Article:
Each year Cranksgiving is held on the Saturday before Thanksgiving as a way for messengers and other urban cyclists to socialize, compete, and enjoy themselves while also raising food for local soup kitchens or food pantries in time for the Thanksgiving holiday. It is one of the only alleycats focused on raising donations for good causes.(This is the second consecutive one, but you may recall its appearance in 2010!)
Where: 1230 Broadway St. NE Salem OR
When: Saturday Nov. 21st
Time: 10:00 am show up, 10:30 am roll out
Bring a bike, a bag, a lock, and about $15-$20 to buy food. All of the food collected at grocery stores will benefit Marion Polk food share.
PS There will also be Coffee provided by Steel Bridge and Pan Dulce (Sweet Bread) provided by Azteca bakery.
|Funding for the bike park nearly done|
This grant is the last large influx of funding needed in order to move into the construction phase of a Wallace Marine Bike Park & Trail Facility. The facility will include 2 miles of cross-country trails and two pump tracks, one dedicated to young children and beginners, the other to challenge more advanced riders. The trails will integrate 8-10 bicycle trail features throughout.
The goal of the GoodWorks grant our club awards annually is to support the health, education and general welfare of the people in our city – primarily the youth. We think this project will do just that, and so much more. We love this city, and enjoy finding and backing projects that help to make it a better place. What a fitting project for this year’s Rotary International theme: “Be A Gift To The World.”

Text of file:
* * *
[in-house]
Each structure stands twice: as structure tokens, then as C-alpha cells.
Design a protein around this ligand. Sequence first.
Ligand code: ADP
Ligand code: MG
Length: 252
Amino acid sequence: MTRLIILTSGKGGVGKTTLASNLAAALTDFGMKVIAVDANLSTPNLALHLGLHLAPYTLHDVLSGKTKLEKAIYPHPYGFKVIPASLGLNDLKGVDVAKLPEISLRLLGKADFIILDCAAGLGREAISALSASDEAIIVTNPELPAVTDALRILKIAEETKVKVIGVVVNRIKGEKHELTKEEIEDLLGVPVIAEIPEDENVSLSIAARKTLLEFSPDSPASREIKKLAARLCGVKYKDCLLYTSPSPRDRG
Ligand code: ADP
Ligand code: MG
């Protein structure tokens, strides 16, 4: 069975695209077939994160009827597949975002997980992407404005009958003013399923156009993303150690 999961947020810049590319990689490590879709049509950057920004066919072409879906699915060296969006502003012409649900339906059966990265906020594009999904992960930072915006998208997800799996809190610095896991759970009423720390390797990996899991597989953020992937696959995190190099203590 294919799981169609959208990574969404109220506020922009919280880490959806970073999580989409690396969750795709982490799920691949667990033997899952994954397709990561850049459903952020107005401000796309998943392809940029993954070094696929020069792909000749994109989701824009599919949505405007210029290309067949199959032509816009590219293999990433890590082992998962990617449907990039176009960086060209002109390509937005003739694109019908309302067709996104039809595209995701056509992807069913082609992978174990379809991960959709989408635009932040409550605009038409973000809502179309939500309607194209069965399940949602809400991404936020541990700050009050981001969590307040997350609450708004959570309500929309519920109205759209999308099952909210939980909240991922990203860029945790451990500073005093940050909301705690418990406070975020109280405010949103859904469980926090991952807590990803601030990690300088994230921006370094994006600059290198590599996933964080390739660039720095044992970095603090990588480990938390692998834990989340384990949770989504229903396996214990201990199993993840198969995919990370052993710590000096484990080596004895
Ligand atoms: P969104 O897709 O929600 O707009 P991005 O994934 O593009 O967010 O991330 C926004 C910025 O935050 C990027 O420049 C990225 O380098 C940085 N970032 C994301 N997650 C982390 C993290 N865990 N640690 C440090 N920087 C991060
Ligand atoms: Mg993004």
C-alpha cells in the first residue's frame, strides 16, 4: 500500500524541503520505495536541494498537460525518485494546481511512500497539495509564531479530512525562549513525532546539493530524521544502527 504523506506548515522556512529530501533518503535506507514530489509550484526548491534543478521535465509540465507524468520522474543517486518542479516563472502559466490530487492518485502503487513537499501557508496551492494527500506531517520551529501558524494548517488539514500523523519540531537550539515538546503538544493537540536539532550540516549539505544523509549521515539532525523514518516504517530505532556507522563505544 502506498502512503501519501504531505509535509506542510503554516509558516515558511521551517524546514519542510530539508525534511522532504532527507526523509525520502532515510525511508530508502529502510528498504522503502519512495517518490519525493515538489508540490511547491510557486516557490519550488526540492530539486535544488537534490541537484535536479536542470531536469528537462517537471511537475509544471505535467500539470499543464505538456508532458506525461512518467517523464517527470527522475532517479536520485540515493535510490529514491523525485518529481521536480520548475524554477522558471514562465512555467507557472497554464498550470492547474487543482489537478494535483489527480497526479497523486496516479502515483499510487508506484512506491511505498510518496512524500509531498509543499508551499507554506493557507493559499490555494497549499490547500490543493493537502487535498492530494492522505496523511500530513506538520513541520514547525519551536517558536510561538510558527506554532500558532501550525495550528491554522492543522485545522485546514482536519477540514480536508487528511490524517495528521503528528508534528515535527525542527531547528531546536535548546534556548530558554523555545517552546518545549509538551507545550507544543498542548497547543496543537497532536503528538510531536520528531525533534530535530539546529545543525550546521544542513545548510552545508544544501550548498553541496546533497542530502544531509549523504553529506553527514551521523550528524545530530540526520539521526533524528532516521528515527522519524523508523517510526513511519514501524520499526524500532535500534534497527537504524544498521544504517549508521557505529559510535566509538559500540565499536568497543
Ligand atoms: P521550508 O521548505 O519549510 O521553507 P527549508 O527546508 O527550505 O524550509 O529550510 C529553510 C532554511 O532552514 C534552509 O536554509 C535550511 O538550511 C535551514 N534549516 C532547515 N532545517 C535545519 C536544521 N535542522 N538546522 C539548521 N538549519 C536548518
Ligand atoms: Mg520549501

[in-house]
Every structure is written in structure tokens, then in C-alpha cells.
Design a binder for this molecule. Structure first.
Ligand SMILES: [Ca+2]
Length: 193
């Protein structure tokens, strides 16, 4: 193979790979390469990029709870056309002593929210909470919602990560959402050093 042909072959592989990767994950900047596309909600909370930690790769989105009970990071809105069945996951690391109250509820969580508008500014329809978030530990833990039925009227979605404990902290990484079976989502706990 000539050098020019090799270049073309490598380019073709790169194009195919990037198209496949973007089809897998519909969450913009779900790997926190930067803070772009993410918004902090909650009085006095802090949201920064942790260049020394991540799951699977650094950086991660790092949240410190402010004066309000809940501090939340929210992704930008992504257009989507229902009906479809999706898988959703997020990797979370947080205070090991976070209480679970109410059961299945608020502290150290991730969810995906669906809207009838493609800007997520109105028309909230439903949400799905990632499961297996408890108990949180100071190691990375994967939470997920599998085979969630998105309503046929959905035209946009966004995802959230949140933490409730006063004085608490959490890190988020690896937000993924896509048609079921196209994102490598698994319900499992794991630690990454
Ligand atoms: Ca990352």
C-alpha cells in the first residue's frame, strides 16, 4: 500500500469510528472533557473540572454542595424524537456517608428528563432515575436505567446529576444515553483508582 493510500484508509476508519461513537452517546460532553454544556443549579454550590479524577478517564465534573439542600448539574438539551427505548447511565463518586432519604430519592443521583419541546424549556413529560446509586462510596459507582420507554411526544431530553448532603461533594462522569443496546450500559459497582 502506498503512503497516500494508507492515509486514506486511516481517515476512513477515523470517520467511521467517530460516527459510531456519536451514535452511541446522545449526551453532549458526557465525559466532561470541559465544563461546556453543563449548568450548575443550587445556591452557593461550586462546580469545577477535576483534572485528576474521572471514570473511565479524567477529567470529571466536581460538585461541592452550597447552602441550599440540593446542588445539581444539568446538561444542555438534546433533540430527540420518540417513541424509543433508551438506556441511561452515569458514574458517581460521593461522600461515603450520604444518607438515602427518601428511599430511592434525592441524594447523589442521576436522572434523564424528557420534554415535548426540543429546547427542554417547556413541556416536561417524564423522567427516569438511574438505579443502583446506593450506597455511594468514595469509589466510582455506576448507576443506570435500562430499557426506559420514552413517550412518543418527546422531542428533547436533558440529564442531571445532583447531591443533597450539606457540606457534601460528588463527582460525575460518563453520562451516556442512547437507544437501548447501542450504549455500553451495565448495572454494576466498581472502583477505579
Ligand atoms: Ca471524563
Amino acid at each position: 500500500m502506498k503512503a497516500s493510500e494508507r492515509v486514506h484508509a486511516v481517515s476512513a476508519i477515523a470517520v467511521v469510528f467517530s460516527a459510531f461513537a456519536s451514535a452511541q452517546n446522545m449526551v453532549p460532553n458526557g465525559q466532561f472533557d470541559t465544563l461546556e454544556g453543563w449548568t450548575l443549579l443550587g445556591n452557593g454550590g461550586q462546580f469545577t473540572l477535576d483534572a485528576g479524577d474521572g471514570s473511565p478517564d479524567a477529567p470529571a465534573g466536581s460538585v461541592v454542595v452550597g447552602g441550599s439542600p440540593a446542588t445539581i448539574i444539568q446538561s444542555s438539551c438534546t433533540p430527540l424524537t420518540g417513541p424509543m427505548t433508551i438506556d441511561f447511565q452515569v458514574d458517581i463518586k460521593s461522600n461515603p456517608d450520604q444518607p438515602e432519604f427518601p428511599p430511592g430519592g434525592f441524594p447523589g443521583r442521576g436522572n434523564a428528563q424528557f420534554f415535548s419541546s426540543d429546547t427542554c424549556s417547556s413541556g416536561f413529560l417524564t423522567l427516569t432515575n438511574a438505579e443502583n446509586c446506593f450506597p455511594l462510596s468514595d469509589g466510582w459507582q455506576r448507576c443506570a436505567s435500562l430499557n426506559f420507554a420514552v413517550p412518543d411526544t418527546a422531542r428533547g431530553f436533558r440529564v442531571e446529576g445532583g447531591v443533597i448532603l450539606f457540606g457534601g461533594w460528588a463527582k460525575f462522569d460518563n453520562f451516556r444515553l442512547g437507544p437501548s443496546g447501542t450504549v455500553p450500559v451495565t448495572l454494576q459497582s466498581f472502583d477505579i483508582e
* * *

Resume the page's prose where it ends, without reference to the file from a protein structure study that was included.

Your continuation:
|Supreme Court Building |
Its designer, William C. Knighton, is responsible for
several of Salem's loveliest buildings
Central to the case is Oregon’s controversial 1995 owner consent law, a statute that allows property owners to refuse local historic designation. Although the original law provided a retroactive opt-out provision for owners who objected to designations imposed before 1995, the legal battle over the fate of the Carman House—a property whose subsequent owners are seeking removal of landmark status in order to demolish the house—has evolved into a threat to thousands of landmark designations across the state.Bascially, if you purchase a property knowing it's an historic property, you should not be able to undo the designation. In a way the designation becomes a covenant that travels with the property from owner to owner. Undoing this would make historic preservation even more subject to the transient whims of owners. And we know, as we have seen with Howard Hall, even under existing law, how difficult it is to preserve buildings that enjoy historic designations.
|Back to the tautology:|
We need a bridge because we need a bridge